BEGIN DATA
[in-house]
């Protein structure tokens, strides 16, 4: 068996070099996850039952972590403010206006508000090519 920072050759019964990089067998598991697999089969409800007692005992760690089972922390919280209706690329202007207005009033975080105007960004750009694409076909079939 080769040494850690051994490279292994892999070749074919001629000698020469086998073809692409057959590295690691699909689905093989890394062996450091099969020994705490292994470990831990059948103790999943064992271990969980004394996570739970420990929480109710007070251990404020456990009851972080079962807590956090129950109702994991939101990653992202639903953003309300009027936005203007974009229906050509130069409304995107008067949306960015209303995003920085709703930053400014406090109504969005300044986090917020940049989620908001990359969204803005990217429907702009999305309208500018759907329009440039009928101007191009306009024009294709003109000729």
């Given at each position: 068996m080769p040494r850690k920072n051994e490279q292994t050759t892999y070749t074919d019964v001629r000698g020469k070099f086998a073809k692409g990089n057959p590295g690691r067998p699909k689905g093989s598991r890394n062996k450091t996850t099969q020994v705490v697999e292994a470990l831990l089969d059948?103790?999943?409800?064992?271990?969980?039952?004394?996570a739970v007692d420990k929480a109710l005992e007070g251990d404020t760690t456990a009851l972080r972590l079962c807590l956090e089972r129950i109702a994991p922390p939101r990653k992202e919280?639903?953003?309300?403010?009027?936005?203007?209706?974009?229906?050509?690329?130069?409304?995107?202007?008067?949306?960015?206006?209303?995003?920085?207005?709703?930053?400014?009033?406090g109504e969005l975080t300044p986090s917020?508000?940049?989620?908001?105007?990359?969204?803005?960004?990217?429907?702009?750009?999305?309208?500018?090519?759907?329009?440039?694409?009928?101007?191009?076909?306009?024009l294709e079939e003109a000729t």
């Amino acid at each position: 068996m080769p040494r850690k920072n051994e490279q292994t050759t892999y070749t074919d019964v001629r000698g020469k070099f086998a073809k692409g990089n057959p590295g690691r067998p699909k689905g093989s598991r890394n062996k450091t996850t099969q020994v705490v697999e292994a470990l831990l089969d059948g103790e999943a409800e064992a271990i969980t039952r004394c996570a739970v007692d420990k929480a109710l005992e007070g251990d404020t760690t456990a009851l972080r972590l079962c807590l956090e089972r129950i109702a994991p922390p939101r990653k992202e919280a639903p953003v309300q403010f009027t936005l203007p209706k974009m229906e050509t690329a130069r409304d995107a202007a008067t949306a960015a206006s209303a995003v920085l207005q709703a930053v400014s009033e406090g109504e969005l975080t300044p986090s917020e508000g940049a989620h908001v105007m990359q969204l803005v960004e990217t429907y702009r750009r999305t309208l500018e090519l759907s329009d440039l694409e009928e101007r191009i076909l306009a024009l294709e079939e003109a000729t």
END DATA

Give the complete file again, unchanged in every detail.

[in-house]
């Protein structure tokens, strides 16, 4: 068996070099996850039952972590403010206006508000090519 920072050759019964990089067998598991697999089969409800007692005992760690089972922390919280209706690329202007207005009033975080105007960004750009694409076909079939 080769040494850690051994490279292994892999070749074919001629000698020469086998073809692409057959590295690691699909689905093989890394062996450091099969020994705490292994470990831990059948103790999943064992271990969980004394996570739970420990929480109710007070251990404020456990009851972080079962807590956090129950109702994991939101990653992202639903953003309300009027936005203007974009229906050509130069409304995107008067949306960015209303995003920085709703930053400014406090109504969005300044986090917020940049989620908001990359969204803005990217429907702009999305309208500018759907329009440039009928101007191009306009024009294709003109000729």
């Given at each position: 068996m080769p040494r850690k920072n051994e490279q292994t050759t892999y070749t074919d019964v001629r000698g020469k070099f086998a073809k692409g990089n057959p590295g690691r067998p699909k689905g093989s598991r890394n062996k450091t996850t099969q020994v705490v697999e292994a470990l831990l089969d059948?103790?999943?409800?064992?271990?969980?039952?004394?996570a739970v007692d420990k929480a109710l005992e007070g251990d404020t760690t456990a009851l972080r972590l079962c807590l956090e089972r129950i109702a994991p922390p939101r990653k992202e919280?639903?953003?309300?403010?009027?936005?203007?209706?974009?229906?050509?690329?130069?409304?995107?202007?008067?949306?960015?206006?209303?995003?920085?207005?709703?930053?400014?009033?406090g109504e969005l975080t300044p986090s917020?508000?940049?989620?908001?105007?990359?969204?803005?960004?990217?429907?702009?750009?999305?309208?500018?090519?759907?329009?440039?694409?009928?101007?191009?076909?306009?024009l294709e079939e003109a000729t």
């Amino acid at each position: 068996m080769p040494r850690k920072n051994e490279q292994t050759t892999y070749t074919d019964v001629r000698g020469k070099f086998a073809k692409g990089n057959p590295g690691r067998p699909k689905g093989s598991r890394n062996k450091t996850t099969q020994v705490v697999e292994a470990l831990l089969d059948g103790e999943a409800e064992a271990i969980t039952r004394c996570a739970v007692d420990k929480a109710l005992e007070g251990d404020t760690t456990a009851l972080r972590l079962c807590l956090e089972r129950i109702a994991p922390p939101r990653k992202e919280a639903p953003v309300q403010f009027t936005l203007p209706k974009m229906e050509t690329a130069r409304d995107a202007a008067t949306a960015a206006s209303a995003v920085l207005q709703a930053v400014s009033e406090g109504e969005l975080t300044p986090s917020e508000g940049a989620h908001v105007m990359q969204l803005v960004e990217t429907y702009r750009r999305t309208l500018e090519l759907s329009d440039l694409e009928e101007r191009i076909l306009a024009l294709e079939e003109a000729t």